January 13, 2013

Stanton A. Glantz, PhD

Why I don't post personal testimonials about e-cigarettes on by blog

There is a long and well-developed literature about the placebo effect where people think a treatment worked when, in fact, it was no better than a sugar pill.  Personal testimonials about the benefits of e-cigarettes do not constitute scientific evidence that they are effective ways to quit smoking.

If and when there are high quality longitudinal studies showing that e-cigarettes as actually used actually help people quit smoking conventional cigarettes, I will modify my opinions on e-cigarettes as cessation aids. As of now, the reality is that such studies simply do not exist.  Until they do the US Federal Trade Commission and, once it takes jurisdiction, the Food and Drug Administration (and other similar authorities in other countries) should prohibit making or promoting such claims by companies selling e-cigarettes.

To avoid contributing to the misinformation on this point, I do not post the testimonials I am sent. 

Regardless of how the particular issue of whether or not e-cigarettes actually help people quit is resolved, e-cigarettes should not be allowed indoors in workplaces or public places or to be promoted or sold to kids.  They may pollute the air less than conventional cigarettes, but they still pollute the air.  And companies should not be allowed to promote an addictive drug to kids.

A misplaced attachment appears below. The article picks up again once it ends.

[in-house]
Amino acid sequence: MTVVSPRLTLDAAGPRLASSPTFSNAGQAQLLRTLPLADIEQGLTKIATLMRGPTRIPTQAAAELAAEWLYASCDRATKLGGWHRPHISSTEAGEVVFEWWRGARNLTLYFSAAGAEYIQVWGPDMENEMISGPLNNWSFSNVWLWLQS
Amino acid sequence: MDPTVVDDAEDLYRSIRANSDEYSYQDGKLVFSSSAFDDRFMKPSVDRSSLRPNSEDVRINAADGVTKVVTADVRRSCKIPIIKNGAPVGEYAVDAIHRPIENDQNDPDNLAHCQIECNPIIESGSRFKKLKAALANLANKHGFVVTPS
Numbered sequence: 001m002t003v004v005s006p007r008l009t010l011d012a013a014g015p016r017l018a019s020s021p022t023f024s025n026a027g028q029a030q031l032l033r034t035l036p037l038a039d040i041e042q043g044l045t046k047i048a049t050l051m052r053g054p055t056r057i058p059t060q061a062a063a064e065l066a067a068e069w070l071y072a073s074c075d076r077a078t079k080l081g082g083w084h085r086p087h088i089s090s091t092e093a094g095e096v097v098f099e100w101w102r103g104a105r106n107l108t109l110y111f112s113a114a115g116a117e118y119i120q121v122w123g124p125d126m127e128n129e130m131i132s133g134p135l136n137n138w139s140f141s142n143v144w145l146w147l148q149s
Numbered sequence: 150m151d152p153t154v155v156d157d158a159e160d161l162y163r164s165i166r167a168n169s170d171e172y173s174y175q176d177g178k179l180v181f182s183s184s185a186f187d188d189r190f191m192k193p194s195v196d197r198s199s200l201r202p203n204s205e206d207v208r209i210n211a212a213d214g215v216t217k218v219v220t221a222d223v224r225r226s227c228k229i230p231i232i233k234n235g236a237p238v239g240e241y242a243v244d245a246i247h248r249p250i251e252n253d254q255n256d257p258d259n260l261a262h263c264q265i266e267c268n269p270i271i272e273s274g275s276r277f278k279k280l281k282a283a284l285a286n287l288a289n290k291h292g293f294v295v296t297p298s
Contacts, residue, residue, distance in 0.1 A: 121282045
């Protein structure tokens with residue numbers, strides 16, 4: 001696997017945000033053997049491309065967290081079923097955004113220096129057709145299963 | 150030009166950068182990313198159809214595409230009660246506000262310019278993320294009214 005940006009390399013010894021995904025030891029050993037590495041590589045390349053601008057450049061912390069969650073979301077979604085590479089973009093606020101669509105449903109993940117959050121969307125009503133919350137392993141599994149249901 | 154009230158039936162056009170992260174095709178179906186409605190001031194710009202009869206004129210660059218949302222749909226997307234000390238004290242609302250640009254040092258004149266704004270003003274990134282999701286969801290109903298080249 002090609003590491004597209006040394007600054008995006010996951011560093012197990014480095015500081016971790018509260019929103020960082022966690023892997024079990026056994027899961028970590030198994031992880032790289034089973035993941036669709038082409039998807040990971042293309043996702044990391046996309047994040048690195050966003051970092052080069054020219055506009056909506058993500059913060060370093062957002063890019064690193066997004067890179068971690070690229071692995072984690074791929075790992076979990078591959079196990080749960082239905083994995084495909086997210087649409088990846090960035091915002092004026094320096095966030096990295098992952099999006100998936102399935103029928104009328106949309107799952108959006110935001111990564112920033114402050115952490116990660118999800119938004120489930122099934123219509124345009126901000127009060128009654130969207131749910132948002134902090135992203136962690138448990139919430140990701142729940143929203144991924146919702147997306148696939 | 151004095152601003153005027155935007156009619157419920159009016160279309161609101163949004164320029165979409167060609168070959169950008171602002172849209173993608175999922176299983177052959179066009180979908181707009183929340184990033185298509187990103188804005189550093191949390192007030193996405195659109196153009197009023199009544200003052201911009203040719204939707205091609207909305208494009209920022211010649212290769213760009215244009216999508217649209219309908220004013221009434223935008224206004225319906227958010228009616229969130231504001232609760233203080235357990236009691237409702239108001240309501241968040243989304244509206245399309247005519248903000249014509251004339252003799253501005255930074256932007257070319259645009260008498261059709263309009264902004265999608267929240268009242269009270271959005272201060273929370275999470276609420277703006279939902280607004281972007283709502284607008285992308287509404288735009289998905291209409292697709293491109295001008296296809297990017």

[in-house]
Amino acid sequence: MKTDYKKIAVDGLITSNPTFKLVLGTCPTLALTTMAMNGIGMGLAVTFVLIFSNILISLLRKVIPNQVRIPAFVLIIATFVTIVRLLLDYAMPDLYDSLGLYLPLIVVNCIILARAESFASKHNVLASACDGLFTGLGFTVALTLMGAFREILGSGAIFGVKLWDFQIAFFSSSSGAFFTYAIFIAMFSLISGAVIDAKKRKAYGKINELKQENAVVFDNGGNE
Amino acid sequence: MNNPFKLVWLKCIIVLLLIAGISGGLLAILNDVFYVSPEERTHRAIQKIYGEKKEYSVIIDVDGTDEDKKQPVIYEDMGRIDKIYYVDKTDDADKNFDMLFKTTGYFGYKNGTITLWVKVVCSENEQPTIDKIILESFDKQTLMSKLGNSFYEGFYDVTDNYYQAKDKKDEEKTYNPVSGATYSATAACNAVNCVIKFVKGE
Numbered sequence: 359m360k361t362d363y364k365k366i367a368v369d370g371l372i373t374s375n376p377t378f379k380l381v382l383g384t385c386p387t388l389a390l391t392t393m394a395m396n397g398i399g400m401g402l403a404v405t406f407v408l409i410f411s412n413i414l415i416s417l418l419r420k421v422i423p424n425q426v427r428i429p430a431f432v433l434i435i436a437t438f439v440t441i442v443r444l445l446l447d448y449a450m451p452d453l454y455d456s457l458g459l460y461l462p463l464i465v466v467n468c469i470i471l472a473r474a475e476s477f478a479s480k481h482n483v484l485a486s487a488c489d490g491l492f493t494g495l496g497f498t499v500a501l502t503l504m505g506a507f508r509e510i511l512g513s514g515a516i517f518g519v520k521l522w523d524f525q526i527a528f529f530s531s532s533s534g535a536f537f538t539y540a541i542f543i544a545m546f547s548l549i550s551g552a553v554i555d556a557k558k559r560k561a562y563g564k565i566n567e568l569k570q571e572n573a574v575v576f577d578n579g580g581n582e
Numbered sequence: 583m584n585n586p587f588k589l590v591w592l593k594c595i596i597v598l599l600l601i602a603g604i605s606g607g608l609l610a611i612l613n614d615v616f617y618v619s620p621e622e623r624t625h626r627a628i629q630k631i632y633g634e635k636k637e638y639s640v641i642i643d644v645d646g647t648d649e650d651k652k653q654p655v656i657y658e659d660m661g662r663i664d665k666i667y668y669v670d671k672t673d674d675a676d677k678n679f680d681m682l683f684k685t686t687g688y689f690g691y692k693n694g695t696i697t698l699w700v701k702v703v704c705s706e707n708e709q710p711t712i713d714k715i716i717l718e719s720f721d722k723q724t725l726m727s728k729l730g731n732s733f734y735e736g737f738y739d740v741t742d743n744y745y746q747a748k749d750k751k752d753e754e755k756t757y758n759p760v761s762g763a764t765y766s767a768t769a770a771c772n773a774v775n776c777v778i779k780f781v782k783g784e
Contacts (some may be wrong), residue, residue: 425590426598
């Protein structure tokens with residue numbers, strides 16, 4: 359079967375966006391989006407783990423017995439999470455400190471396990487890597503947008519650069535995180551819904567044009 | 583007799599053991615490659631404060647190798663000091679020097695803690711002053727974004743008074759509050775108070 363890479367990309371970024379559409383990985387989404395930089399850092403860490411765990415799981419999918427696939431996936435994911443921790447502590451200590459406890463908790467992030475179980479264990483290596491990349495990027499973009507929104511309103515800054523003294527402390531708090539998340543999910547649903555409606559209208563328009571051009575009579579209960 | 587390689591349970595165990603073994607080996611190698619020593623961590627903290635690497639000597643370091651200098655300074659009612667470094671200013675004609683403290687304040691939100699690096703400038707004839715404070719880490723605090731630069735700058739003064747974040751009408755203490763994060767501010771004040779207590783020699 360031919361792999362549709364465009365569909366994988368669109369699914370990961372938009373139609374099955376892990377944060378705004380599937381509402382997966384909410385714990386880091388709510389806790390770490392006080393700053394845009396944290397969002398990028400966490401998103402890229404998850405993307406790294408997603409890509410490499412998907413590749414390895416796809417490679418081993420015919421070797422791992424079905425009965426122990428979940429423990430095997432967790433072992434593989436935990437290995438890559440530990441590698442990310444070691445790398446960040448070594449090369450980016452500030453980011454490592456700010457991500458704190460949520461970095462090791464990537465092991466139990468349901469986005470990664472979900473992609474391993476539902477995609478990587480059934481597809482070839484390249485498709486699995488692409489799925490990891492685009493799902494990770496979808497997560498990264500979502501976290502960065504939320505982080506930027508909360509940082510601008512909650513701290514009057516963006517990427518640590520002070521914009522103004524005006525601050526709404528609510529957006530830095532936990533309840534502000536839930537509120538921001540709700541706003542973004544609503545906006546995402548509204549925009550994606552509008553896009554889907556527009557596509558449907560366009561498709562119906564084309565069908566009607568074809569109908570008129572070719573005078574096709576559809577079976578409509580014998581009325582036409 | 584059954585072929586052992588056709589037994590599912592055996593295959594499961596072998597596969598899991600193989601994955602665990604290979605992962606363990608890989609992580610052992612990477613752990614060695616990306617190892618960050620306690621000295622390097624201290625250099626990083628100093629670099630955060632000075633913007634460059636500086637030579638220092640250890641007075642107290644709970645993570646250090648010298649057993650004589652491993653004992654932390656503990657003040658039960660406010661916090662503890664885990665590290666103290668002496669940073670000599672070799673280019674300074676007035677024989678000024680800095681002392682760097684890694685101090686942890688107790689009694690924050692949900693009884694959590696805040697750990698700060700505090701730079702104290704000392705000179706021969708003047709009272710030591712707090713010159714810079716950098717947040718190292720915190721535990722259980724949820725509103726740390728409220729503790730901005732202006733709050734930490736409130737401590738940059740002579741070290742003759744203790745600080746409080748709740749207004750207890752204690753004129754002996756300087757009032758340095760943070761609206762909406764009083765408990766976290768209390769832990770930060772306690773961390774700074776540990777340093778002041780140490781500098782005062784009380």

I live in the UK. I bought an ecig 7 months months ago. I have virtually stopped smoking tobacco without any effort or discomfort. When on holiday in places where smoking bans are ignored - last August it was Sicily - I smoke cigarettes as a treat. I envisage using my ecig for rest of my life. It costs me only £5 a week, compared to the £22 I would spend on smuggled tobacco. Possible the greatest medical advance of the last fifty years. Tens of thousands of people already saved from lung cancer.  


I decided to make an exception and post your comments because it is exactly the kind of report one would expect based on the placebo effect.  Your comment on conventional cigarettes as a "treat" also raises the specter of "dual use," which is another major concern about e-cigarettes.

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